Festivals are among the best tourist attractions in the Philippines besides its hospitable people.
While every town has its own fiesta celebrated at various dates, below are among the biggest festivals in the Philippines you can plan a trip for this year.
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1. Ati-Atihan Festival
Kalibo, Aklan | Every 3rd Sunday of January
It is a festival in honor of the Sto. Nino, originally adopted from a pagan animist festival by the Aetas, a Philippine Aborigine. Ati-Atihan means “to become Aetas” who were the first to celebrate fiestas with eating, dancing, and merry-making. It is celebrated with performers wearing colorful costumes and bodies painted black and dancing to the distinctive drum beat and shouts of “Hala bira!”
2. Sinulog Festival
Cebu | First Sunday of January
Sinulog In Cebu is a celebration of the feast of Child Jesus, Santo Nino de Cebu. Its main feature is a dance ritual in honor of the miraculous image of the Santo Nino. The dance is performed to the beat of the drums, during the parade, expressing the strong current movement of Cebu River, hence the name Sinulog. A special event during the Sinulog is the Sinulog Fluvial Breakfast, where the lechon is the centerpiece along with native delicacies – rich chocolate dips, puto maya suman, chunks of mangoes, and hard-boiled eggs.
3. Panagbenga Festival
Baguio City | Febuary 1 – March 1
This festival is a showcase of flavors and agricultural products of the city. Panagbenga literally means “season of blooming.” The main attraction of the festival is an awesome parade of floats decked with flowers. Multi-colored costumes are worn displaying the various flowers raised by any of the 11 ethnic people in the region.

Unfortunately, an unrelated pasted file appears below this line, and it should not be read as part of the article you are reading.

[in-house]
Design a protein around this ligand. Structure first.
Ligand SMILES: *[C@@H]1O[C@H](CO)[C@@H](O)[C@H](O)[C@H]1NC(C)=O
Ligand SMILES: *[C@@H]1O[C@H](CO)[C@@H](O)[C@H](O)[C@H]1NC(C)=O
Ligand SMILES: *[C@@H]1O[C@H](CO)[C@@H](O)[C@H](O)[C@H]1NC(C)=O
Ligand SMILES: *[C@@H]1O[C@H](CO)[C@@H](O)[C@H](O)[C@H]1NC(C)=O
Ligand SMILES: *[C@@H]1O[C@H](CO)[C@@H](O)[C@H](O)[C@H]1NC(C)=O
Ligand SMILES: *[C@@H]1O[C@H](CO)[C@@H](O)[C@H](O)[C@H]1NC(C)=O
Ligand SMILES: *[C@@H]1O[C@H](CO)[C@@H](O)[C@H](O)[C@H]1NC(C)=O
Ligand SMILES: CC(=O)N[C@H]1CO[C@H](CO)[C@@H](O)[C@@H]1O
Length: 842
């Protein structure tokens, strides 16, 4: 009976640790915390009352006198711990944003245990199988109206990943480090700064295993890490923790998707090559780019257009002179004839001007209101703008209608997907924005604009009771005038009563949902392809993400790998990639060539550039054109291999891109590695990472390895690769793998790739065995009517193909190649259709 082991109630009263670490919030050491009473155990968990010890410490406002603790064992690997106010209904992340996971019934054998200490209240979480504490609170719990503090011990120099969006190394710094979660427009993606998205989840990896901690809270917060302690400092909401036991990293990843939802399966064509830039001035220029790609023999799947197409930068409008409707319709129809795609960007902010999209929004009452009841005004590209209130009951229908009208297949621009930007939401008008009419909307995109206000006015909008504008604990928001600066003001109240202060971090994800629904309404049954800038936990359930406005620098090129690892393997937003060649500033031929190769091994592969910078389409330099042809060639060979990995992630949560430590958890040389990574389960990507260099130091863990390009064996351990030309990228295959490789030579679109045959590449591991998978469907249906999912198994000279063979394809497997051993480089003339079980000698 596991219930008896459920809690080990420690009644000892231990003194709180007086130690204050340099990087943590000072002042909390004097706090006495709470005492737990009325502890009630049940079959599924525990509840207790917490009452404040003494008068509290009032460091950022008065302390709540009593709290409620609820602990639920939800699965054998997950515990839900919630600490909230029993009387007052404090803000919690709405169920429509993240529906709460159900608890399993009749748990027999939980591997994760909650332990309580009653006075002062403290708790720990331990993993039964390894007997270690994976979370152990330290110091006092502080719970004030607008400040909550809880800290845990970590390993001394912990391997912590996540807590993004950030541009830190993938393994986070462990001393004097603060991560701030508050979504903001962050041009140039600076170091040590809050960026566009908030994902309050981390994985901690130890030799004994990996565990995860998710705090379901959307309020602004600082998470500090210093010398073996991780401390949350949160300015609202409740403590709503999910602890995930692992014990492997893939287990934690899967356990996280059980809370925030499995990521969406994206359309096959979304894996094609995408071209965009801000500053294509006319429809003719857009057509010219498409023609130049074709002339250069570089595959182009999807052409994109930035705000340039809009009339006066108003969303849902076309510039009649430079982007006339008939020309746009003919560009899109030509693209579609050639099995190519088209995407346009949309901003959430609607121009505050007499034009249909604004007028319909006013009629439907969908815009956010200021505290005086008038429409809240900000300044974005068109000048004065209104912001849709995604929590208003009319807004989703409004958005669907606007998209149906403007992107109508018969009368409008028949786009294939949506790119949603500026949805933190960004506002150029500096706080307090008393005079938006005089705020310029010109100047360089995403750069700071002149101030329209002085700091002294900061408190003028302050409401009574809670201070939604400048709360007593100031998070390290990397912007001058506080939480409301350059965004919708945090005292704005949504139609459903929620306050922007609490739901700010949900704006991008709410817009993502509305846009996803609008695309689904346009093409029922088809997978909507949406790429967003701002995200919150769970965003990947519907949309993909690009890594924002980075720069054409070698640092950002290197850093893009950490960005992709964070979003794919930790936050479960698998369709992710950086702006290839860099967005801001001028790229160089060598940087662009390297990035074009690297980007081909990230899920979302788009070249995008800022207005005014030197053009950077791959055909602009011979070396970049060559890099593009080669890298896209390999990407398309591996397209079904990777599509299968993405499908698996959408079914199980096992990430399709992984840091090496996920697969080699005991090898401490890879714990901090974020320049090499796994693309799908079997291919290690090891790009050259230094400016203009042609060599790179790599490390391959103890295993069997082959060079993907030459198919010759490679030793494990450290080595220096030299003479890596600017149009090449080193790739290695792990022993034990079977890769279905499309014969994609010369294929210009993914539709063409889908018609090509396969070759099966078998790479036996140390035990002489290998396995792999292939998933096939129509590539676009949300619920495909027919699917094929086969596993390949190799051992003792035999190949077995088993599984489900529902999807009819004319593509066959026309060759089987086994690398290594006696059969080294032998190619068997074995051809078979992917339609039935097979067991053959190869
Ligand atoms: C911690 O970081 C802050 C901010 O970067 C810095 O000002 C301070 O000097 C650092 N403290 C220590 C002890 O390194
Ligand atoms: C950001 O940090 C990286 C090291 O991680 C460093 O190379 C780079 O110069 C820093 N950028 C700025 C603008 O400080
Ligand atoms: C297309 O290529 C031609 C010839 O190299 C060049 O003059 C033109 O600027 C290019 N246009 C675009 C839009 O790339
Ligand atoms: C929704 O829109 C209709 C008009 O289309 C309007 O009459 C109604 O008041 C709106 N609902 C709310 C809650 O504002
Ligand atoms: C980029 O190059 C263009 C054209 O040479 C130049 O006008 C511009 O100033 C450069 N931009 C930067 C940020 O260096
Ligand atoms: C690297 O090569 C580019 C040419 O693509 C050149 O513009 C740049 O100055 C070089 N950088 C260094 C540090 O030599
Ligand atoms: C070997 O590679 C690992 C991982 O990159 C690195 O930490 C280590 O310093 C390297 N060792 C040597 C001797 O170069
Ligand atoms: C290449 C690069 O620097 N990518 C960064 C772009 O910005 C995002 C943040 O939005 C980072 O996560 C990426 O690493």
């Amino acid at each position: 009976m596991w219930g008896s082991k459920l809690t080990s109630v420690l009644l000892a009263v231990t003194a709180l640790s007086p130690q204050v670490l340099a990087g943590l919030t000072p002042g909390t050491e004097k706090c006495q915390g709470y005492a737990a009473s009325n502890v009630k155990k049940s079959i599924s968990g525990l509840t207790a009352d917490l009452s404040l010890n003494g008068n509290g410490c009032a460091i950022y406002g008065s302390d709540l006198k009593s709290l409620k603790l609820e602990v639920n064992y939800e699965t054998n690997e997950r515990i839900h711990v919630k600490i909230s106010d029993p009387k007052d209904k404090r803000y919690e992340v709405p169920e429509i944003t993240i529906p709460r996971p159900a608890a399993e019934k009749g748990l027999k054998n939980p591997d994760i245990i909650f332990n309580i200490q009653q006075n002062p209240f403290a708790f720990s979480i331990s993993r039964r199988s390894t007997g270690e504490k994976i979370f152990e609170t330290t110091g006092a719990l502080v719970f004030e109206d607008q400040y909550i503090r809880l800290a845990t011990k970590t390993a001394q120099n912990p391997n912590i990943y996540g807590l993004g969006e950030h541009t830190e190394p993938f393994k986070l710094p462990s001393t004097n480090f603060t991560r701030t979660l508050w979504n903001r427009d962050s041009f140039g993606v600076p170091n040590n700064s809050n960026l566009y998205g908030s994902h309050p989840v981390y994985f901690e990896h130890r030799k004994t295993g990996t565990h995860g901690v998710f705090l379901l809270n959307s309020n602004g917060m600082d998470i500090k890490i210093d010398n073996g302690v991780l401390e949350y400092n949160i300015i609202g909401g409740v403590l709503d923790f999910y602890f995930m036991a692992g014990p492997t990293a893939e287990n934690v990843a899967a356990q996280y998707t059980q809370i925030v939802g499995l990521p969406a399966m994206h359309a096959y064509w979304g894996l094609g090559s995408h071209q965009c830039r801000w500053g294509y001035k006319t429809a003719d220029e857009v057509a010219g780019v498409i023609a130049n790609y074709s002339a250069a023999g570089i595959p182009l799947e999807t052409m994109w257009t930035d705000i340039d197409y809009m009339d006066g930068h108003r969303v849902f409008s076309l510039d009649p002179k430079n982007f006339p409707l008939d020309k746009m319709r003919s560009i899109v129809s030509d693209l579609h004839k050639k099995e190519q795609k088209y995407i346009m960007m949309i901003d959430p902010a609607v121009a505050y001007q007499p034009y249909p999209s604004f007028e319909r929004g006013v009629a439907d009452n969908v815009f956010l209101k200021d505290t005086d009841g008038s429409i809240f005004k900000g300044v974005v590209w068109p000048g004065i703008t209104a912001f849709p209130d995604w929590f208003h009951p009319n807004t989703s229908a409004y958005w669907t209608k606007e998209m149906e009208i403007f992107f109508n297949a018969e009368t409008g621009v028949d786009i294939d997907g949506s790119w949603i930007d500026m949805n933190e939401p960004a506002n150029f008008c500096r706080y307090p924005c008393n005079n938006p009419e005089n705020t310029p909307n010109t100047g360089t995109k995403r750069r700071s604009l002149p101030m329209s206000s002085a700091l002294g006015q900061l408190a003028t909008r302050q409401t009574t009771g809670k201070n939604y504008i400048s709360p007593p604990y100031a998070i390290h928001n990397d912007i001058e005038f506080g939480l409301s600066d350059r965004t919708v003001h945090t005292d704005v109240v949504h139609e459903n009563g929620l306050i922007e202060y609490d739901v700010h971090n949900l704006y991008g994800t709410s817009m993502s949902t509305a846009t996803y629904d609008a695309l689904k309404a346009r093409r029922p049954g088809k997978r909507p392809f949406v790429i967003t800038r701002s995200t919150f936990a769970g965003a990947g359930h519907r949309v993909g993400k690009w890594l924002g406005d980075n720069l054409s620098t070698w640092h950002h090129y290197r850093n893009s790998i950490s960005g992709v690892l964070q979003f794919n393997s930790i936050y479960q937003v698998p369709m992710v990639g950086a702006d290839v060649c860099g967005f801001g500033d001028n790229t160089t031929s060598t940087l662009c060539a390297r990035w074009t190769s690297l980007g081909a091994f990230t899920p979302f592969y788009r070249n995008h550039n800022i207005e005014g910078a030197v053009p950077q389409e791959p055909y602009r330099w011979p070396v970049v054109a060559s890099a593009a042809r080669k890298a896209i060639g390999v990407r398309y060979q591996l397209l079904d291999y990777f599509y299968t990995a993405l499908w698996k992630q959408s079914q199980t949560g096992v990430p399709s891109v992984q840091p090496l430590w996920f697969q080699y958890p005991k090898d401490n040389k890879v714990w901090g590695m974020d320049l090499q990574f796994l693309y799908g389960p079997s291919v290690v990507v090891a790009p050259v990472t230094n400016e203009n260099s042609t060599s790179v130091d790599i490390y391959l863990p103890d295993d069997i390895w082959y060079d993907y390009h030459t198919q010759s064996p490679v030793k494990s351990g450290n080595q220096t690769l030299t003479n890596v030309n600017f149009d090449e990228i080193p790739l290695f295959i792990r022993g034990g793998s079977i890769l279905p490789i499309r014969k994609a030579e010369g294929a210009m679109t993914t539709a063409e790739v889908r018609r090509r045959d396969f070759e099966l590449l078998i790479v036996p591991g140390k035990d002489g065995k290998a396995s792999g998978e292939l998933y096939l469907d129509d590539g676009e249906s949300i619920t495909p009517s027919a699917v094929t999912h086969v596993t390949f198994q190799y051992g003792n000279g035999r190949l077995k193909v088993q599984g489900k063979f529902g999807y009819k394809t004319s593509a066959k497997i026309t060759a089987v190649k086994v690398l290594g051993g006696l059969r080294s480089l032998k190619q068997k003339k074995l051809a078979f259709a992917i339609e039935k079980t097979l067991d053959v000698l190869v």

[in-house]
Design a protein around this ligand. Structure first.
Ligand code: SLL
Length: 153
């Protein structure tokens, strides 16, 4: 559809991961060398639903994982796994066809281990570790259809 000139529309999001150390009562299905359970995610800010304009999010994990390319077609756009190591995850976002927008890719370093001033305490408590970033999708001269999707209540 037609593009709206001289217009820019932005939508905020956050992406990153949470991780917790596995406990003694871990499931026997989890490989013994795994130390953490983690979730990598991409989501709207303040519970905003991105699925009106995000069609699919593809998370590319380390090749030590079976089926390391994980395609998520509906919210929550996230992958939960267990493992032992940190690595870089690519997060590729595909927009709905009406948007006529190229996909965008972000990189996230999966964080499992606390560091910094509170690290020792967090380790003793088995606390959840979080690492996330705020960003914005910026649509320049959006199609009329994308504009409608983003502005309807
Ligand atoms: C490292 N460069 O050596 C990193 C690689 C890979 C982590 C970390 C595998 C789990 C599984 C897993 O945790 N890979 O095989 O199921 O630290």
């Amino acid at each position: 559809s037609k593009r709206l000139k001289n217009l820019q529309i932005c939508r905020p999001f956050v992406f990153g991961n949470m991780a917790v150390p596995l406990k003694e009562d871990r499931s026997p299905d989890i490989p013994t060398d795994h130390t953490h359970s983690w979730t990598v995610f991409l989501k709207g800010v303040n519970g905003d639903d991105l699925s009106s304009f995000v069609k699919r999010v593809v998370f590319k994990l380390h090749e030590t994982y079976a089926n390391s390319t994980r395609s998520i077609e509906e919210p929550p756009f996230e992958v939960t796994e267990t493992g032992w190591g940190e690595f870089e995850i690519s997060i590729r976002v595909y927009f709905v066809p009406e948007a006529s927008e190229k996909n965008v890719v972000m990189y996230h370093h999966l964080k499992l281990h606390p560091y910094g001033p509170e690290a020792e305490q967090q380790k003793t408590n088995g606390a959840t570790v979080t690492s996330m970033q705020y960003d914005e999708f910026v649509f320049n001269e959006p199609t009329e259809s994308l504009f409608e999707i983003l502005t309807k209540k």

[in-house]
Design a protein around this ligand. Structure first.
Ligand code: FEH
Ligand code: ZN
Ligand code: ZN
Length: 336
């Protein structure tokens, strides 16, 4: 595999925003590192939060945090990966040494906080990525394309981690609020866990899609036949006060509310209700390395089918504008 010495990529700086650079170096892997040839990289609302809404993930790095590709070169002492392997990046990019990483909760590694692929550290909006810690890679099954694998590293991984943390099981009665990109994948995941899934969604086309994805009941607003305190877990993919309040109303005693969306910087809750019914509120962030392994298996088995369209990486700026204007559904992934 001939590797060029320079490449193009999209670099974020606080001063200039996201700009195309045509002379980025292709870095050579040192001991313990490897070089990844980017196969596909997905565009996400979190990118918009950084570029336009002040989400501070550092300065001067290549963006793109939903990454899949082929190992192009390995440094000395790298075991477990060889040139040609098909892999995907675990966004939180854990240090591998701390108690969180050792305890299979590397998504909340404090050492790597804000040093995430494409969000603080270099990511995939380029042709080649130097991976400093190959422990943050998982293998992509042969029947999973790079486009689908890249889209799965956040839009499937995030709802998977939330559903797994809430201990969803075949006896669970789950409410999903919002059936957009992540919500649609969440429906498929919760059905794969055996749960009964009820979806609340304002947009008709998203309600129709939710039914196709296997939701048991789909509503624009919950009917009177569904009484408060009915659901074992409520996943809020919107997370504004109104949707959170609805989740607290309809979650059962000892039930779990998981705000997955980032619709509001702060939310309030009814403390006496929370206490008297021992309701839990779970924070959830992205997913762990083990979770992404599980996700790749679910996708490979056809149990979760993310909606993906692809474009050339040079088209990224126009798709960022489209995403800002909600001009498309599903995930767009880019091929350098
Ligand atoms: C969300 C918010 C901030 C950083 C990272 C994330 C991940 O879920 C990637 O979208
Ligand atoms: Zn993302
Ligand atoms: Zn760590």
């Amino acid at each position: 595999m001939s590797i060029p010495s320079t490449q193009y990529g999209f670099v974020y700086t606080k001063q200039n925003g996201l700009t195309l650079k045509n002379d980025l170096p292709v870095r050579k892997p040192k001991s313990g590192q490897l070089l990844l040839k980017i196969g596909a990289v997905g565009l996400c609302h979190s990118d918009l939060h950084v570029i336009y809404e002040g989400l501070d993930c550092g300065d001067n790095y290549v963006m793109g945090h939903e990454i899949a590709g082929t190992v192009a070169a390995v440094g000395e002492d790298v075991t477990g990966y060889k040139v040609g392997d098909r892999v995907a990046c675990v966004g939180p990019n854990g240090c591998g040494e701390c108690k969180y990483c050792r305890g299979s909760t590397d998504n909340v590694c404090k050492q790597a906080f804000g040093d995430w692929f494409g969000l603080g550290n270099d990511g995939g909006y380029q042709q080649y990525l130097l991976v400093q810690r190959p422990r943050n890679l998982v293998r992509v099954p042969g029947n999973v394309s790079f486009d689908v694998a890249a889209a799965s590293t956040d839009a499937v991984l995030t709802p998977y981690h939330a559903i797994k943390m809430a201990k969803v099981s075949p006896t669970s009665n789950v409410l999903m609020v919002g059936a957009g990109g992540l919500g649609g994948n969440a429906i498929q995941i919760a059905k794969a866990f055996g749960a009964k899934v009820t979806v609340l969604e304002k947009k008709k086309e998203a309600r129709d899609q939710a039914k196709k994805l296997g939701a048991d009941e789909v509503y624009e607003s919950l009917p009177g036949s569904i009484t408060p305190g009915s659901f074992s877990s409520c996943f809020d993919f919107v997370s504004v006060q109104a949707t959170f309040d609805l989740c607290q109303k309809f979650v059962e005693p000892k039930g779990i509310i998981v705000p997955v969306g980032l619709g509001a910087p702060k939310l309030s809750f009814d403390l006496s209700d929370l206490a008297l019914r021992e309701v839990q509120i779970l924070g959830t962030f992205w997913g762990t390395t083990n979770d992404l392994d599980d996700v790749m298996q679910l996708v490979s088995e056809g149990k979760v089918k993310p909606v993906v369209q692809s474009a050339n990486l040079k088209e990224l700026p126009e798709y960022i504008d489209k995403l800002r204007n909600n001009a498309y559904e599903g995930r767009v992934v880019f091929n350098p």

4. Moriones Festival
Marinduque | Holy Week
It is an annual religious festival during Holy Week celebrating the 7-day search for Longinus, a Roman centurion, who according to legend plunge the lance at the side of Jesus during his crucifixion but was converted to Christianity. The streets of Marinduque are alive with masked people called Moriones or Morione dressed in Roman soldier garments. The word Moriones comes from Spanish root word “morion” which means mask.
5. Kadayawan Festival
Davao City | August
It is a celebration of the City’s ethnic origins and features various cultural presentations. It is also a harvest festival with trade fairs that last the entire month. Among its highlights is the Indak-Indak sa Kadalanan which is celebrated by dancers in colorful costumes.
6. Feast of the Black Nazarene
Quiapo, Manila | January 9th
This is a religious event coinciding with the grand fiesta of the city of Manila. Its focus is the procession of the image of the Black Nazarene brought from Mexico during the 17th century participated by thousands of devotees.
7. Binatbatan Festival of the Arts
Vigan City | First Week of May
This is a festival to that showcase the colorful woven cloth (“abel”) worn as costumes by dancers swaying to the original “panagbatbat” as they dance along the beautiful streets of Vigan. “Batbat” is the term used for the beating process that is used to create “abel.” The dance movements are creative expressions of the process of beating the cotton pods with bamboo sticks as the cloth is being made.
These festivals are among the most visited by people not only from the locality or even the province but from all over the country. People from across the world even timed their vacation to be able to witness and participate in these events. Plan way ahead!
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